Jenna, the friend I was crashing with, drove me back to that house right after school. I told her I would call when I needed a pick-up. If I timed it right, work wasn’t over yet and I had some time for either a rescue or a confrontation. Whichever one, I was ready.

I shouldered my heavy backpack and knocked on the door. Rule of the house, the door didn’t open unless both of them were home, but I knew they would make an exception for me. It had been three months since I’d packed up my things and left. Both of them had probably been waiting for me to break down and come crawling back. One would smirk at me with condescension, the other would be genuinely happy to see me but too afraid to show it. 

The house reflected the state of my former family. The paint on the bricks was bright red and cheery, but if I looked closely, the mortar holding the layers together was slowly crumbling away. The door had a Christmas wreath on it, even though April was around the corner. It hung ignored and forgotten, now just a fixture where there was once significance. The immaculately kept yard had chiggers hidden in the grass, ready to burrow and eat into anyone who got too close. A Corvette was parked in the garage but never driven because all we could afford was the status symbol, not the upkeep attached to it. I noticed all of this in an instant and wondered how no one else couldn’t see our obvious cry for help. 

My shoulders were starting to hurt from my bag. I rang the doorbell. Once. Twice. Three times. Come on, I thought, I know you’re home. I could hear meowing on the other side of the door. Sometimes I wanted to hate K.C. because she was used to keep us in check. If we disobeyed, the cat would suffer. I never stopped loving her though. She used to sleep with me every night and hold the bad dreams at bay. She would wake me up in the middle of the night, which would’ve been annoying if it hadn’t reminded me to go to the bathroom. My bedwetting problem finally stopped after we got her, when I turned seven. With me being sixteen now, that meant K.C. was a little over nine years old. Leaving her behind was difficult, but I knew there was one person who needed her more than me.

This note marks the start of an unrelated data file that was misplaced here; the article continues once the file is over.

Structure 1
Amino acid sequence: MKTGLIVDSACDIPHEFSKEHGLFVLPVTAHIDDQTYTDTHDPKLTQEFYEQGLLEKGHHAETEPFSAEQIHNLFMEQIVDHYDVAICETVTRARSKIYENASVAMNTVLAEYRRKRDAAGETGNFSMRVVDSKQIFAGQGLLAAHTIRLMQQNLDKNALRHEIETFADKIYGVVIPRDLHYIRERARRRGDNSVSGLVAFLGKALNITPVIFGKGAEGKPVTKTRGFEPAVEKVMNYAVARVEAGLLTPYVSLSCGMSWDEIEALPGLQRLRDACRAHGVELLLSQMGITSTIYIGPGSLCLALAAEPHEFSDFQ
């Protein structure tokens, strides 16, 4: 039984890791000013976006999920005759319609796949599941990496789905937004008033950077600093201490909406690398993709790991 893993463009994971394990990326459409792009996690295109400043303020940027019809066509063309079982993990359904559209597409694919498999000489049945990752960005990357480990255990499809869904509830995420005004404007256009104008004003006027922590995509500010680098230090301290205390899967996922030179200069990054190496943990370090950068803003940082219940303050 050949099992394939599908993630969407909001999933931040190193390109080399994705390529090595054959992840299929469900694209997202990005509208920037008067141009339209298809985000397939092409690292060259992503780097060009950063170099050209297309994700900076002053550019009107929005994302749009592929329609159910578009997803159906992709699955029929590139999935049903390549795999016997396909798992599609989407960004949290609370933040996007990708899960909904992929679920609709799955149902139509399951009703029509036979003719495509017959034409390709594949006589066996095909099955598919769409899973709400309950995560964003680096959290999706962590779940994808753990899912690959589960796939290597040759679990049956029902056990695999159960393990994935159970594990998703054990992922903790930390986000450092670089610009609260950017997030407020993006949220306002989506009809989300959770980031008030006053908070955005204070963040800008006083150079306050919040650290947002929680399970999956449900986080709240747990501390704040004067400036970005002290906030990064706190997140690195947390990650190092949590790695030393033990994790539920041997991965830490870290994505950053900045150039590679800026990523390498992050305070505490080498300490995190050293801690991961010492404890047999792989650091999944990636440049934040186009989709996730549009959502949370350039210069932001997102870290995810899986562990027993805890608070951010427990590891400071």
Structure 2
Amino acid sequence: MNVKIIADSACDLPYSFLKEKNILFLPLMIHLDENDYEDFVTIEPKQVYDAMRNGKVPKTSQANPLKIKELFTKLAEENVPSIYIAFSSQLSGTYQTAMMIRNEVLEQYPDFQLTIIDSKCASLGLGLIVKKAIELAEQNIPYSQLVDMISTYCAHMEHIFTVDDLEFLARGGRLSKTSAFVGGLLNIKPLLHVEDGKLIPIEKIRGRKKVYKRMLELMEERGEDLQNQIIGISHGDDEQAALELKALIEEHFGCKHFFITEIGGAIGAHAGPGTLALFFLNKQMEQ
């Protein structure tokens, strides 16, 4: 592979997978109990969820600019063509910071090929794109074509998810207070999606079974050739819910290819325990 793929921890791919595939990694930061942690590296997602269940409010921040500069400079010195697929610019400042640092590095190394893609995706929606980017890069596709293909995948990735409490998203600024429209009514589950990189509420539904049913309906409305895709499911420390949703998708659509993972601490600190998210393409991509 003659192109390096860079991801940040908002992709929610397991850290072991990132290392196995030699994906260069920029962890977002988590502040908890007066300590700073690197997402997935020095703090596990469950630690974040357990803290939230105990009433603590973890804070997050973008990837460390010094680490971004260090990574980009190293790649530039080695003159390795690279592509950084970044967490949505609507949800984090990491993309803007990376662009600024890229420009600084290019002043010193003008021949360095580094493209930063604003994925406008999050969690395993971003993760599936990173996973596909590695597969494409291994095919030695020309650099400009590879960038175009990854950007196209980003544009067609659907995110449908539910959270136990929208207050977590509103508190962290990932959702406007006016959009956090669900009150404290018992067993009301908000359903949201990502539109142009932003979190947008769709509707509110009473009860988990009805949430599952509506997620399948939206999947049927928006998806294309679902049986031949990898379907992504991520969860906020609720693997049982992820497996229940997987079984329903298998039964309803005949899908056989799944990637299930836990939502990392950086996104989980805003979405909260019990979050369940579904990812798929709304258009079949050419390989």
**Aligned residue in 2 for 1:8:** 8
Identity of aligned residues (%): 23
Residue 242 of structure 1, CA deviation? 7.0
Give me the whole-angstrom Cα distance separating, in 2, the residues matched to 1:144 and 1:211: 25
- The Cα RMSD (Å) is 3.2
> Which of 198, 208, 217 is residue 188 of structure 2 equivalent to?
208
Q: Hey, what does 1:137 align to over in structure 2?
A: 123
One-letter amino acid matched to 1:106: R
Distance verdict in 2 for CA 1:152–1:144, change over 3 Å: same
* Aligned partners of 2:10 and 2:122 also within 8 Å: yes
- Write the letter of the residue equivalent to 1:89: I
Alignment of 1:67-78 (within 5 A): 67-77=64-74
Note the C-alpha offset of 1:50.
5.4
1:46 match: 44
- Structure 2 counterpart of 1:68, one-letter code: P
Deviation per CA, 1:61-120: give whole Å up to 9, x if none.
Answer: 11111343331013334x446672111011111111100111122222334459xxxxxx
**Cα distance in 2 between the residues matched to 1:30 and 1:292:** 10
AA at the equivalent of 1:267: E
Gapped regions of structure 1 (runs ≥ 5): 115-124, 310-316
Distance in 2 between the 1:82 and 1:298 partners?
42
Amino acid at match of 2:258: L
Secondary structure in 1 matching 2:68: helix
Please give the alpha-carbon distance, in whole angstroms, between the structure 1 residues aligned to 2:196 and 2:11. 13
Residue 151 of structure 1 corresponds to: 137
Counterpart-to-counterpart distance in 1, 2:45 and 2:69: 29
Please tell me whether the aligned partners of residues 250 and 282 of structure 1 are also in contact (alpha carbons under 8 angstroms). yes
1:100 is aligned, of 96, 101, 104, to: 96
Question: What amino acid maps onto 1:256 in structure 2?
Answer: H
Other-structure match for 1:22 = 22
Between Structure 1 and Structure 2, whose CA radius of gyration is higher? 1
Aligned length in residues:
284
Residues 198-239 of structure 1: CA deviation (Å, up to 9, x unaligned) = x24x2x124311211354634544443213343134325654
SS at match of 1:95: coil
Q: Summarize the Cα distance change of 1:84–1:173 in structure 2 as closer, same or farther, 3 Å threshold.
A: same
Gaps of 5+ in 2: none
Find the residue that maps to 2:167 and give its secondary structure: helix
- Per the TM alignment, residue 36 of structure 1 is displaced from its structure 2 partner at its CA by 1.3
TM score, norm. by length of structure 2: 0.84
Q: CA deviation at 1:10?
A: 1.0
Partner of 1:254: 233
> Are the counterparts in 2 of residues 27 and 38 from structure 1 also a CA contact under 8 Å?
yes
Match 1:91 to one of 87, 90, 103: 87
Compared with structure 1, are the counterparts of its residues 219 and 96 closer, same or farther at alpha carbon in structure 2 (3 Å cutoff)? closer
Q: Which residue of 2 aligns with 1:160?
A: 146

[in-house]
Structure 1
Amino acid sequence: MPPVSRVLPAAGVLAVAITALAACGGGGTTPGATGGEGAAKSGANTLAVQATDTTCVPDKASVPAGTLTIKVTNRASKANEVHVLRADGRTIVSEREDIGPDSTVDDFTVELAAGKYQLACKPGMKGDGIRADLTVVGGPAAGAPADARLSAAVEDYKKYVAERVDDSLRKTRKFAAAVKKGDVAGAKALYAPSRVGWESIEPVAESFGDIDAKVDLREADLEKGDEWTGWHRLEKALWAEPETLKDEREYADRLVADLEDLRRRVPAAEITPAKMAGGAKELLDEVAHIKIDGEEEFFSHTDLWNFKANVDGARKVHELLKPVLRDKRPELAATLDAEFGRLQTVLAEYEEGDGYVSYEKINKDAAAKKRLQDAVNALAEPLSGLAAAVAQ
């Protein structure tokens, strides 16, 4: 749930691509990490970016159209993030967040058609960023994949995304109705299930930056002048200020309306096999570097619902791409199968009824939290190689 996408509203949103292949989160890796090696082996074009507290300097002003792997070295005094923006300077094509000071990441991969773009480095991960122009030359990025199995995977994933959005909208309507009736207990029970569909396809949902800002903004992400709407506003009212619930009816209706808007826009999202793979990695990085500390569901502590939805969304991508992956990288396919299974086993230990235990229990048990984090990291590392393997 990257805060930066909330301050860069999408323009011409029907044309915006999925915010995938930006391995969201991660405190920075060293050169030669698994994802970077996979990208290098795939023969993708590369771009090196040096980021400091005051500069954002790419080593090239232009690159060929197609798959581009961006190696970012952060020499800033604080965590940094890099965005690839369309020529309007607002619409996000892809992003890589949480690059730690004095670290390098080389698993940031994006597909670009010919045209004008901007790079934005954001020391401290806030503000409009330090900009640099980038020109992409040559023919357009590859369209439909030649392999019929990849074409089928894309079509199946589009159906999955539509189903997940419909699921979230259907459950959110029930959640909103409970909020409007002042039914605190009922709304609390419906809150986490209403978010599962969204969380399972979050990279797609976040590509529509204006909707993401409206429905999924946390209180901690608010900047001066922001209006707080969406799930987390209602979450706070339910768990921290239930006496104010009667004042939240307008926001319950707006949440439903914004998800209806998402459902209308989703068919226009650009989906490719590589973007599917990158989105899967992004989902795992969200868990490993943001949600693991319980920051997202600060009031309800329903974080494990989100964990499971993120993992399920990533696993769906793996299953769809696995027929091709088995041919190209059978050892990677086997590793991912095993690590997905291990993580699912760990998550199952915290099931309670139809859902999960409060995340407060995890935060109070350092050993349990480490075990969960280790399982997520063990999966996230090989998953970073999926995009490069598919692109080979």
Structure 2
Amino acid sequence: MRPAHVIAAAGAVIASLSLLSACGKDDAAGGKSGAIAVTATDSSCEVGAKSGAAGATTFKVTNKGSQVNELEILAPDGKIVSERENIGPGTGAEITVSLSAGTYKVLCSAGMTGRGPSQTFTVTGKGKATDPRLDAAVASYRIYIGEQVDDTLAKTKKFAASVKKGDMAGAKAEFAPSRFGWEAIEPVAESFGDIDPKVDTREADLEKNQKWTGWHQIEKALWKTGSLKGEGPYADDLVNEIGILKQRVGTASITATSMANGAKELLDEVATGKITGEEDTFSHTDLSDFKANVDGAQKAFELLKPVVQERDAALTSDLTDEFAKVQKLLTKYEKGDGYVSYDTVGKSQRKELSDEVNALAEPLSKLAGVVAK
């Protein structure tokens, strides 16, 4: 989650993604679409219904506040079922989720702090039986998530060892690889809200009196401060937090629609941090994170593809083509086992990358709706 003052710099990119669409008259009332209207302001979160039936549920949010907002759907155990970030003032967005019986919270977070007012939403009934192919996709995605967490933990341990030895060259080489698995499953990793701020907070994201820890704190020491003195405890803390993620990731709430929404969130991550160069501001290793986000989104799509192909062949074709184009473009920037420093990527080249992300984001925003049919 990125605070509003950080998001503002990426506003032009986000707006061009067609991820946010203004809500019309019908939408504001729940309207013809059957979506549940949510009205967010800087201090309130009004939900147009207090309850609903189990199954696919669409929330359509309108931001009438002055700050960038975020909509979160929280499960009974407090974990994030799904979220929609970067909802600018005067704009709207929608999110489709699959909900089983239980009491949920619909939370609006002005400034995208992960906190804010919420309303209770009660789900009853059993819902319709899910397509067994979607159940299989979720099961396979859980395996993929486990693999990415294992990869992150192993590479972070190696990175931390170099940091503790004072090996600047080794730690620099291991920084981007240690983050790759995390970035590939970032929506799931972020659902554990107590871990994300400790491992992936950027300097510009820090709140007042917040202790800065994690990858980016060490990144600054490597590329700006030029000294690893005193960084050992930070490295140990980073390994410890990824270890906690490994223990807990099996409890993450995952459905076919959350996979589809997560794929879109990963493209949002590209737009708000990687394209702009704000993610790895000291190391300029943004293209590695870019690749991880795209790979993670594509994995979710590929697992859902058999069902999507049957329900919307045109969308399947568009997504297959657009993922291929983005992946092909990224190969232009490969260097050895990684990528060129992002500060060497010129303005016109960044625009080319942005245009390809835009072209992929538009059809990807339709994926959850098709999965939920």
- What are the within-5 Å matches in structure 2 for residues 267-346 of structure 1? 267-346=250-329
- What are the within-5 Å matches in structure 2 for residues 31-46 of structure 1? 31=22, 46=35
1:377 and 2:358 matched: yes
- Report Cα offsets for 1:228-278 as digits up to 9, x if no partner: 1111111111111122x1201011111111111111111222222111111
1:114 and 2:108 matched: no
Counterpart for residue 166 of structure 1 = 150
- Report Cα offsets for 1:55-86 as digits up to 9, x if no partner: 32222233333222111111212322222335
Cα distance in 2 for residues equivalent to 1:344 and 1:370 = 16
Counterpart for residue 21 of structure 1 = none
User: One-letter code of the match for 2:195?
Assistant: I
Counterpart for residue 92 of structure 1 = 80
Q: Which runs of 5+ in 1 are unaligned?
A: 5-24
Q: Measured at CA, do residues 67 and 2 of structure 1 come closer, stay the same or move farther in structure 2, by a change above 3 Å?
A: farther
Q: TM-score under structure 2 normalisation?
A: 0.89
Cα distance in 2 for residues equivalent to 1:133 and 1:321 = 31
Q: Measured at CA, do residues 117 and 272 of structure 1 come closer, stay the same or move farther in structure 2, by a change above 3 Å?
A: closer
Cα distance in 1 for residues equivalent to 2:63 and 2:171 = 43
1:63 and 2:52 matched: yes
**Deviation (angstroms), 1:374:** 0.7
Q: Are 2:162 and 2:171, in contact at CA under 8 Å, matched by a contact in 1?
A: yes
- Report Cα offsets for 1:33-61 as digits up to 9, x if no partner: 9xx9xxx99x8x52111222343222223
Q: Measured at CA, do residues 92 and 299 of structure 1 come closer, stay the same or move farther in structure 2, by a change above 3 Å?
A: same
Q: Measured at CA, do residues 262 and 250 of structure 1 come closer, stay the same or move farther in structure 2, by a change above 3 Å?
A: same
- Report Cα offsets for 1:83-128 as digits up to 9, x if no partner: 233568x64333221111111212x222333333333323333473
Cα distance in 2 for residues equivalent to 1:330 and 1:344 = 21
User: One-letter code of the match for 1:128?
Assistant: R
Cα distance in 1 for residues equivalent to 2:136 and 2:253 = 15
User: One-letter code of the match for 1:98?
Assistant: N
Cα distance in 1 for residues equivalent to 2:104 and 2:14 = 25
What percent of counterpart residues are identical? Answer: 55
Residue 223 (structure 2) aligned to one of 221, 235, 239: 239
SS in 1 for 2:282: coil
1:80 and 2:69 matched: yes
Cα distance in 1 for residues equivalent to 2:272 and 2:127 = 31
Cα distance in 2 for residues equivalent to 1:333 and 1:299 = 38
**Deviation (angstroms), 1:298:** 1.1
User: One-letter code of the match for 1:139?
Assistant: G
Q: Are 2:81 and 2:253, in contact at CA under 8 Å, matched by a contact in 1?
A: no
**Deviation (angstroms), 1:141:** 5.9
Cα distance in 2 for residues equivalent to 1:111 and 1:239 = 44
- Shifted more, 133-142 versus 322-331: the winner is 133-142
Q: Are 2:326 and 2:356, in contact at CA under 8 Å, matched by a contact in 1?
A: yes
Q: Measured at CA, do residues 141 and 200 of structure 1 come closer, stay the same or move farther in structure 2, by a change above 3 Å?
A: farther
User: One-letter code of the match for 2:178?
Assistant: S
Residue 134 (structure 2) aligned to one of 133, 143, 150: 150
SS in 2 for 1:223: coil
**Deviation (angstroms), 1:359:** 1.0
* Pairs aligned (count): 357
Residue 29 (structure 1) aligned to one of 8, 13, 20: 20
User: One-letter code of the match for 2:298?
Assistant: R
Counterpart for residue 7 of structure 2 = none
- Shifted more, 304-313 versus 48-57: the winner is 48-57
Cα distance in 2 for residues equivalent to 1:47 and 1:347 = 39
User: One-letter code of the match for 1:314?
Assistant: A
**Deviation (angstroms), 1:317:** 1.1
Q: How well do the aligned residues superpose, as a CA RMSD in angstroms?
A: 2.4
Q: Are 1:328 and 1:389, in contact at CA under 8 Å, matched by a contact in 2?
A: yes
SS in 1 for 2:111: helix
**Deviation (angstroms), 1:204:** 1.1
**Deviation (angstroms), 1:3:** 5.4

The meows stopped and the lock started turning. I looked at the door in anticipation. Today, I would get him to walk away with me.

My dad opened the door. He looked at me in shock, and then I was in his arms being crushed to him. I wrapped my arms around his neck and held on tight for a long moment, because it had been so long. 

Finally, we broke away. “Sydney, what are you doing here?”

“I’ve come to take you away. I found a place for us and a job we can both do, and together we can make it work. Pack your things, and I’ll find a carrier for K.C.”